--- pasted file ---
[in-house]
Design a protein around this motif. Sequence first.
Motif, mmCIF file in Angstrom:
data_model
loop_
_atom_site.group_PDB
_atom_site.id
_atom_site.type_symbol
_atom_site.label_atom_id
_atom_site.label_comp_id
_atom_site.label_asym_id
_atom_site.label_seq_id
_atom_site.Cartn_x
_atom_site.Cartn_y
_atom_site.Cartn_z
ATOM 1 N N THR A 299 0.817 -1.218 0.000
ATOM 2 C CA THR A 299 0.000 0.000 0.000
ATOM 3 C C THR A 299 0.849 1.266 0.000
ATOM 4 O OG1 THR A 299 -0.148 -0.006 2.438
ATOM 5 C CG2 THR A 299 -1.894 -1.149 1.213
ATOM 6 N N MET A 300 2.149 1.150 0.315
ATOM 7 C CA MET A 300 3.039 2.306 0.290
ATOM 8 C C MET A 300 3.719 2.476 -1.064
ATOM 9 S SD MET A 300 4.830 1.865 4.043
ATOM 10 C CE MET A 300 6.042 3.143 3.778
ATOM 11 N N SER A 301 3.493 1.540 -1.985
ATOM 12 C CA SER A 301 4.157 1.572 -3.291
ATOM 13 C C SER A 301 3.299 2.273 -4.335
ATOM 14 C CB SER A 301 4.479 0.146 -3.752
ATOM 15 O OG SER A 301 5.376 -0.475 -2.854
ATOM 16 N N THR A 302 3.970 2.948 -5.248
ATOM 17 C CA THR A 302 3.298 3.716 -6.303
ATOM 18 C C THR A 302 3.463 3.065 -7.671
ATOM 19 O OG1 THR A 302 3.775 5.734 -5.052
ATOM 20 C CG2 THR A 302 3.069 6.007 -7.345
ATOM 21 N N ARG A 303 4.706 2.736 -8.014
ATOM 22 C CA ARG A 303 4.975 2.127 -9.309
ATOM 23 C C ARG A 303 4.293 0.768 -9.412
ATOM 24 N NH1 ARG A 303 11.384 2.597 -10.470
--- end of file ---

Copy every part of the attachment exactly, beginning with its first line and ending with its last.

[in-house]
Design a protein around this motif. Sequence first.
Motif, mmCIF file in Angstrom:
data_model
loop_
_atom_site.group_PDB
_atom_site.id
_atom_site.type_symbol
_atom_site.label_atom_id
_atom_site.label_comp_id
_atom_site.label_asym_id
_atom_site.label_seq_id
_atom_site.Cartn_x
_atom_site.Cartn_y
_atom_site.Cartn_z
ATOM 1 N N THR A 299 0.817 -1.218 0.000
ATOM 2 C CA THR A 299 0.000 0.000 0.000
ATOM 3 C C THR A 299 0.849 1.266 0.000
ATOM 4 O OG1 THR A 299 -0.148 -0.006 2.438
ATOM 5 C CG2 THR A 299 -1.894 -1.149 1.213
ATOM 6 N N MET A 300 2.149 1.150 0.315
ATOM 7 C CA MET A 300 3.039 2.306 0.290
ATOM 8 C C MET A 300 3.719 2.476 -1.064
ATOM 9 S SD MET A 300 4.830 1.865 4.043
ATOM 10 C CE MET A 300 6.042 3.143 3.778
ATOM 11 N N SER A 301 3.493 1.540 -1.985
ATOM 12 C CA SER A 301 4.157 1.572 -3.291
ATOM 13 C C SER A 301 3.299 2.273 -4.335
ATOM 14 C CB SER A 301 4.479 0.146 -3.752
ATOM 15 O OG SER A 301 5.376 -0.475 -2.854
ATOM 16 N N THR A 302 3.970 2.948 -5.248
ATOM 17 C CA THR A 302 3.298 3.716 -6.303
ATOM 18 C C THR A 302 3.463 3.065 -7.671
ATOM 19 O OG1 THR A 302 3.775 5.734 -5.052
ATOM 20 C CG2 THR A 302 3.069 6.007 -7.345
ATOM 21 N N ARG A 303 4.706 2.736 -8.014
ATOM 22 C CA ARG A 303 4.975 2.127 -9.309
ATOM 23 C C ARG A 303 4.293 0.768 -9.412
ATOM 24 N NH1 ARG A 303 11.384 2.597 -10.470